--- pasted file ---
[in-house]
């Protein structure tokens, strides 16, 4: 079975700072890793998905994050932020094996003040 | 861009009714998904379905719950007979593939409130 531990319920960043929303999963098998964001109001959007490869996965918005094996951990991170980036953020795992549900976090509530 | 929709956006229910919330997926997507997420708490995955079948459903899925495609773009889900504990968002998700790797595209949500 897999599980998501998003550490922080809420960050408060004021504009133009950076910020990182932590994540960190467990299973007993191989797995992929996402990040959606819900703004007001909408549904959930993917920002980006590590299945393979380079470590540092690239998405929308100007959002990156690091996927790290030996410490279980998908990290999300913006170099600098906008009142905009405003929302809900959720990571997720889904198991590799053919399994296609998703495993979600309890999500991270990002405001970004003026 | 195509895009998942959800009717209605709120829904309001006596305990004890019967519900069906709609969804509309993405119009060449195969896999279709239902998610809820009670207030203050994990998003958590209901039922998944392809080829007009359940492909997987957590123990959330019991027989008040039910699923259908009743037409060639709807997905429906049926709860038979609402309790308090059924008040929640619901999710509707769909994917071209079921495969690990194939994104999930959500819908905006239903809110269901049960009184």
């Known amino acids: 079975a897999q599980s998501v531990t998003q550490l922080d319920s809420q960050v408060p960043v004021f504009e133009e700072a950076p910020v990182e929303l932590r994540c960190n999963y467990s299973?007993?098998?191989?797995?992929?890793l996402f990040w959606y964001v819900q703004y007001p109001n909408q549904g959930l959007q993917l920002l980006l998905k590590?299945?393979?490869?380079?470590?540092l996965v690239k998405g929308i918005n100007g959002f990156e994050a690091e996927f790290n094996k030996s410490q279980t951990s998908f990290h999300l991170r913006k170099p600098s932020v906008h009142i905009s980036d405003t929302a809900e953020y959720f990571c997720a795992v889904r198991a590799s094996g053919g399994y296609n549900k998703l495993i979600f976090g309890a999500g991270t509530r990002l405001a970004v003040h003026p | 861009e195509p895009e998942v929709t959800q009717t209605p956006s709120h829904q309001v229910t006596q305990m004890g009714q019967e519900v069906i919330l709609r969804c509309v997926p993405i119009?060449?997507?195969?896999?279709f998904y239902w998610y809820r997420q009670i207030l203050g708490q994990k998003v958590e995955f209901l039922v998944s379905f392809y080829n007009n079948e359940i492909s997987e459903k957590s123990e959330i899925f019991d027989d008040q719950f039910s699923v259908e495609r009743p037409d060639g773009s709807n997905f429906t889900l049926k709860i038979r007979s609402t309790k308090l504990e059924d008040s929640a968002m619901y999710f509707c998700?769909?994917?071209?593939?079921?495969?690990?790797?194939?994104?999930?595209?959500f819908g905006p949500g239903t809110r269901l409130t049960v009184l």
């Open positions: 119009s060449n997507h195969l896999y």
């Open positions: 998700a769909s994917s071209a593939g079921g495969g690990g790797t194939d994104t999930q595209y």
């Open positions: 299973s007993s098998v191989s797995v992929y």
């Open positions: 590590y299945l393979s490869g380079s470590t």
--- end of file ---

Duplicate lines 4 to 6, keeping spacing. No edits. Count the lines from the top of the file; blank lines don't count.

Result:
């Open positions: 119009s060449n997507h195969l896999y």
């Open positions: 998700a769909s994917s071209a593939g079921g495969g690990g790797t194939d994104t999930q595209y």
């Open positions: 299973s007993s098998v191989s797995v992929y």